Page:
By Joe Rector

“If the film were black and white, we couldn’t tell the difference between it and those from World War II.” That’s a comment from a person who is familiar with both wars. We old folks never thought another conventional war would occur after the slaughter and destruction of the battles from the 20th century.

What makes this war so alarming is the constant streaming of it on many stations. From the time we rise to the time we hit the hay, cable stations bombard us with stories, videos, and commentary of every moment of it. However, none of us should turn from the screen because the sights are too graphic. The young, especially, should see what happens when a madman leading a country decides to set his army against citizens, as well as armed forces.

Other countries around the world should also involve themselves with this invasion of Ukraine. NATO was in tatters prior to Russia’s aggression. Somehow, the leaders of countries let go of past grievances against others and decided to present a united front. While no one is about to send troops to the war-torn area, countries are sending aid, both military and humanitarian, to Ukrainians.

This horrible war has also stirred patriotic feelings in our own country. For the first time in too many years, both parties are working together to open the way to sending Ukraine stockpiles of weapons that will help them make the Russians suffer. The takeover that was supposed to be quick and easy has turned into a brutal, sluggish assault on people who are determined to fight for their country.  Still, America and other countries can do only so much. No country wants its aid to Ukraine to be construed as joining the war against Russia. Putin, in his warped mind, has declared some aid might lead to nuclear retaliation.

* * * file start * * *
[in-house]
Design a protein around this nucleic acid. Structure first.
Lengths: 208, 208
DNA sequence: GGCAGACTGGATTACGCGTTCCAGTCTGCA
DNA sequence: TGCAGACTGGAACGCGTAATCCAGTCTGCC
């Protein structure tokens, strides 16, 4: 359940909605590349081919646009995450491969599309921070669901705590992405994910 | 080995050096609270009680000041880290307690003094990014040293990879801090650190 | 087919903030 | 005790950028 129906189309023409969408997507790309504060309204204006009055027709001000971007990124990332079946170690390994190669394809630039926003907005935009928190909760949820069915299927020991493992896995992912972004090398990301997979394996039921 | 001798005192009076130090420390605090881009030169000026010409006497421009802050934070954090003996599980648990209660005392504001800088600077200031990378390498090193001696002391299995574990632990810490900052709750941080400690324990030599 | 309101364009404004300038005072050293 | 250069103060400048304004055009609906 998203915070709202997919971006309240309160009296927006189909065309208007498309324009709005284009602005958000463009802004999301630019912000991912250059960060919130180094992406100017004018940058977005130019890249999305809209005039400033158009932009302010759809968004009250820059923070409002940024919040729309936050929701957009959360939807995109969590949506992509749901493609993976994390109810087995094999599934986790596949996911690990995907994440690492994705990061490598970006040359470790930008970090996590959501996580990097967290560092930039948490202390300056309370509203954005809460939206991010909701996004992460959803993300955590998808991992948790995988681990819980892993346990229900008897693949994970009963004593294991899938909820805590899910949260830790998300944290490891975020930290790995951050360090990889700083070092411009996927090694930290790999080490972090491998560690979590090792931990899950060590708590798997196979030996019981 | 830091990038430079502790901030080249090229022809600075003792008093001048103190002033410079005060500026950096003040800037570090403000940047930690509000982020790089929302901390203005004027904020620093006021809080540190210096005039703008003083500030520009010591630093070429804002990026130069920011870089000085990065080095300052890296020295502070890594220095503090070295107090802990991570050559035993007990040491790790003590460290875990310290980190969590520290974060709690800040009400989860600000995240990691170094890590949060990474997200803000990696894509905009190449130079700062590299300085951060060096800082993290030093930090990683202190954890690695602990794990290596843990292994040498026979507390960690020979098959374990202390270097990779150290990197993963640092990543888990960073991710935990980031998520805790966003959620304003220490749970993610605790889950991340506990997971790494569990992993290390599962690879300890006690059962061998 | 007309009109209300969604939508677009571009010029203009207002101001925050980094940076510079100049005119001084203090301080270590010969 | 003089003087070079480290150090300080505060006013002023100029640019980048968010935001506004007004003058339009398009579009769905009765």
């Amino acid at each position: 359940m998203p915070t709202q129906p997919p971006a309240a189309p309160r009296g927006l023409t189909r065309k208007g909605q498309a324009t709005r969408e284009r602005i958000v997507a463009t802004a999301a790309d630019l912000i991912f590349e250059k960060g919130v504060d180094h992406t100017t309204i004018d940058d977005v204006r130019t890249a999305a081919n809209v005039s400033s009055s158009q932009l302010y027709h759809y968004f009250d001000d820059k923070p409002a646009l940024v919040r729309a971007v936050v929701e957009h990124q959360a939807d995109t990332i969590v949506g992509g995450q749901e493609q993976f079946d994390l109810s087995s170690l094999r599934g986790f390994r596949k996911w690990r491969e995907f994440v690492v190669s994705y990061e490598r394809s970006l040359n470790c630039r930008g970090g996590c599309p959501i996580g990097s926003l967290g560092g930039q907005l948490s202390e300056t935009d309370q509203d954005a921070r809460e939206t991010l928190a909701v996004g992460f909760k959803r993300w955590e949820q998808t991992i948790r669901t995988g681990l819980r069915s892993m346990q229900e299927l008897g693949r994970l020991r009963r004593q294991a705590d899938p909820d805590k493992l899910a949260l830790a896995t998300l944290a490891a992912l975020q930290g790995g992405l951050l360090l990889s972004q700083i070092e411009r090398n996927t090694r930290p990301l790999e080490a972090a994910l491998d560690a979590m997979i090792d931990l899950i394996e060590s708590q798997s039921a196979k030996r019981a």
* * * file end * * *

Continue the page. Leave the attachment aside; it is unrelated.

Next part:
Sanctions imposed against Russia, Putin, and oligarchs already have hit that country hard. Their money is worthless; their credit cards no longer work; properties of the rich are seized. The new sanction against Russian oil will further strangle the country’s economy. The sharp rise in gas prices has some folks here criticizing President Biden. I don’t like having to pay exorbitant prices at the pump, and it seems that perhaps oil-producing countries and oil companies could cut the prices of a barrel for the short term. Such actions would gain great favor for them from the citizenry. I would also hope that our leaders would remember which countries and companies refused to join the plan to end the illegal actions of Russia and then take actions against them at a later time. As for me, I am willing to pay higher prices for fuel if doing so aids Ukraine and harms Russia.

The Ukrainian people remind me much of our ancestors. They refused to follow the demands of an evil leader of another country and decide to fight a stronger, better-armed foe. What was at stake was freedom, democracy, identity. Even the attacks on hospitals and schools won’t change their resistance. Instead, the Ukrainian people have chosen to fight to the death for their homeland. God, watch over them and give them comfort. We here in the U.S. should take a long look at ourselves and see if we still love democracy and freedom that much or if we’d rather have someone tell us what we can and can’t do.

I hope this war is over soon and that Russia fails. Then the task of rebuilding Ukraine can begin. The people of that country can be proud of their courage and commitment to the principles that we in America have espoused for years.